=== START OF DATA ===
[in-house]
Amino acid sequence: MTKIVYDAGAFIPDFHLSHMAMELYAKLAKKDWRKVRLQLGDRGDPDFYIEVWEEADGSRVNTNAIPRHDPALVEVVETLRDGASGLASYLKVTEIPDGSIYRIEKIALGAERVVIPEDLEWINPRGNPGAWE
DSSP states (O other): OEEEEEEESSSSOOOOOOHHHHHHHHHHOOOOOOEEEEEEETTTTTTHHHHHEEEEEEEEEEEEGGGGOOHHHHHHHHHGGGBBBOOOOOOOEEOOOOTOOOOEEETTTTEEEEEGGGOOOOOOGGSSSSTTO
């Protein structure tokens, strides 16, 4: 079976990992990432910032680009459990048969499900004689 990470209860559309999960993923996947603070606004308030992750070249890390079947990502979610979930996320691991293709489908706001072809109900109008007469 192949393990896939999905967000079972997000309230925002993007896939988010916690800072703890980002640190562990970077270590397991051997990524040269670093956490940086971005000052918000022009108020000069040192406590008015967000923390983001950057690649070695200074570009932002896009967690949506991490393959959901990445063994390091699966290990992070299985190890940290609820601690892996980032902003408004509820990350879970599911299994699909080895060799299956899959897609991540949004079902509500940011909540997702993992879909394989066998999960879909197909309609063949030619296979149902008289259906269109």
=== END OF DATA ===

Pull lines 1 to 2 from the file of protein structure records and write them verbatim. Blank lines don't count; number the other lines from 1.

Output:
[in-house]
Amino acid sequence: MTKIVYDAGAFIPDFHLSHMAMELYAKLAKKDWRKVRLQLGDRGDPDFYIEVWEEADGSRVNTNAIPRHDPALVEVVETLRDGASGLASYLKVTEIPDGSIYRIEKIALGAERVVIPEDLEWINPRGNPGAWE